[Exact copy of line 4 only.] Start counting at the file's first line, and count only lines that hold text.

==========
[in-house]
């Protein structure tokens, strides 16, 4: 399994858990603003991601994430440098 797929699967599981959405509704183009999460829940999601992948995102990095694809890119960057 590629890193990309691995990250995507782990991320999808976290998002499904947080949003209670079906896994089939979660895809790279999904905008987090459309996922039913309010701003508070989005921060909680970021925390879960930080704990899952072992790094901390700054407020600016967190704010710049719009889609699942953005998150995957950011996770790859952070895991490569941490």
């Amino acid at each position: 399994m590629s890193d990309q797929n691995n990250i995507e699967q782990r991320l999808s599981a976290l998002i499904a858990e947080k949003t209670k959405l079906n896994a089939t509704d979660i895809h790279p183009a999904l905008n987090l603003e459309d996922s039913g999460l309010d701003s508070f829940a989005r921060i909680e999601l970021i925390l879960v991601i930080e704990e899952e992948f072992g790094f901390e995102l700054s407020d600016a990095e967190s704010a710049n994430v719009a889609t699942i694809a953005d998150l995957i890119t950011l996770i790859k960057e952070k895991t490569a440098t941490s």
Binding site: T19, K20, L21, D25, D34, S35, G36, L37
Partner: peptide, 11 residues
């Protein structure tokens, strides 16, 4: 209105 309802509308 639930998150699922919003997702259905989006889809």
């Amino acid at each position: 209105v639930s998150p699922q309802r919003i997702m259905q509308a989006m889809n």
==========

Binding site: T19, K20, L21, D25, D34, S35, G36, L37